Issue 4: Udo Kittelmann
1. From optician to museums director: What made you give up the optician's profession at the age of 30 and join the art world?
Udo Kittelmann: The desire to escape from the standard professional monotony and routine. The curiosity for an unforeseeable and incalculable career. And, of course, the passion for art.
2. As a commissioner of the German Pavilion, you invited the artist Gregor Schneider in 2001. His contribution, "Dead House u r" received the Golden Lion. What did you particularly like about Schneider?
Udo Kittelmann: Quite simply: In those days, Gregor Schneider's work represented for me a unique artistic design. My feelings in this regard have still not changed to this today.
I also remember that when "Dead House u r finally took shape and form in Venice, we became more and more aware of the fact that something very unusual had come into the world.
But we were not prepared for any awards, especially since there was public criticism of my selection of artists, and even on the day the "Golden Lion for Best National Contribution" was awarded,
the pavilion had to be closed due to vandalism.
3. You were the first non- Russian curator to design the Russian Pavilion (2013). At that time, you showed the Russian conceptual artist Vadim Zakharov. How did this collaboration come about?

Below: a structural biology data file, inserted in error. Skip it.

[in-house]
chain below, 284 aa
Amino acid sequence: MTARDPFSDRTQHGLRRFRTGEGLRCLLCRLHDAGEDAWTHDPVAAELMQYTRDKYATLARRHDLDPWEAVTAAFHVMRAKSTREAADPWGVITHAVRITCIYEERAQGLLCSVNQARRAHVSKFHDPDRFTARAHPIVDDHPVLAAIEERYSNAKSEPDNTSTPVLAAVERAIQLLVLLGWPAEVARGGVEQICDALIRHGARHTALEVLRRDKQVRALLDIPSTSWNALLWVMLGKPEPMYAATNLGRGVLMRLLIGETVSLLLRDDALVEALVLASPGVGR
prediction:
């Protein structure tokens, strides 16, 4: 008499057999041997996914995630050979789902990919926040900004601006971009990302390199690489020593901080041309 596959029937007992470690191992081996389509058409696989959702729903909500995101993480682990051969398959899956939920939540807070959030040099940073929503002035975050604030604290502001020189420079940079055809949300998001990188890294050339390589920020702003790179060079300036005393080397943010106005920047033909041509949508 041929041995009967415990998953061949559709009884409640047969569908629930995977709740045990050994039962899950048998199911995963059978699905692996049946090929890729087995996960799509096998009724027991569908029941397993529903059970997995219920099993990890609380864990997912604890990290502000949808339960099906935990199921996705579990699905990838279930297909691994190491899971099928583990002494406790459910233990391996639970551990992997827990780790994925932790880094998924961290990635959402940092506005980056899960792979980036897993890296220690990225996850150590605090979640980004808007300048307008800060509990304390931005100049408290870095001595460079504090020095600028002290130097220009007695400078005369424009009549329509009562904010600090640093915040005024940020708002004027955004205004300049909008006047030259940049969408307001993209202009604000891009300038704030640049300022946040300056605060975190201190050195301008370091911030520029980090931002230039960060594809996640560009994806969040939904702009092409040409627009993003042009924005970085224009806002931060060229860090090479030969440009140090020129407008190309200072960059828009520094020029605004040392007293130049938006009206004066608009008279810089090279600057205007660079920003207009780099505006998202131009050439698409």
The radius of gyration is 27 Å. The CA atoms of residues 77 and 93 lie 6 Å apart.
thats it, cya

Udo Kittelmann: Vadim Zakharov and I worked together several times since the mid-nineties. He was one who wished me to be the curator of his Biennale contribution, and the Russian Ministry of Culture granted his wish. Different countries, different structures. Needless to say, Vadim Zakharov's socially and politically changed country-contribution was preceded by a very constructive and concentrated cooperation. Zakharov's contribution, moreover, had its ironic, even humorous and grotesquely absurd facets, which were mainly only apparent to those familiar with the cultural characteristics of the Russian way of thinking and seeing. It was reminiscent of the great Russian poet Danill Charms- that is how it felt at the time.
3 1/2. What did you most enjoy as the Commissioner of the German Pavilion, and what is your secret tip to Venice?
Udo Kittelmann: The endless queues, which often waited patiently for hours in front of the German Pavilion, and the many visitors who, on leaving the "Dead House u r ", said that waiting for something so rare had been all worth it. And, of course, the great international recognition for a hithero unknown artist. And my secret? The unique Olivietti shop under the arcades at St Mark's Sqaure, which I visit again and again. It was designed by the great Italian designer and architect Carlo Scarpa at the end of the fifties and has been in its original state for several years. What a showroom!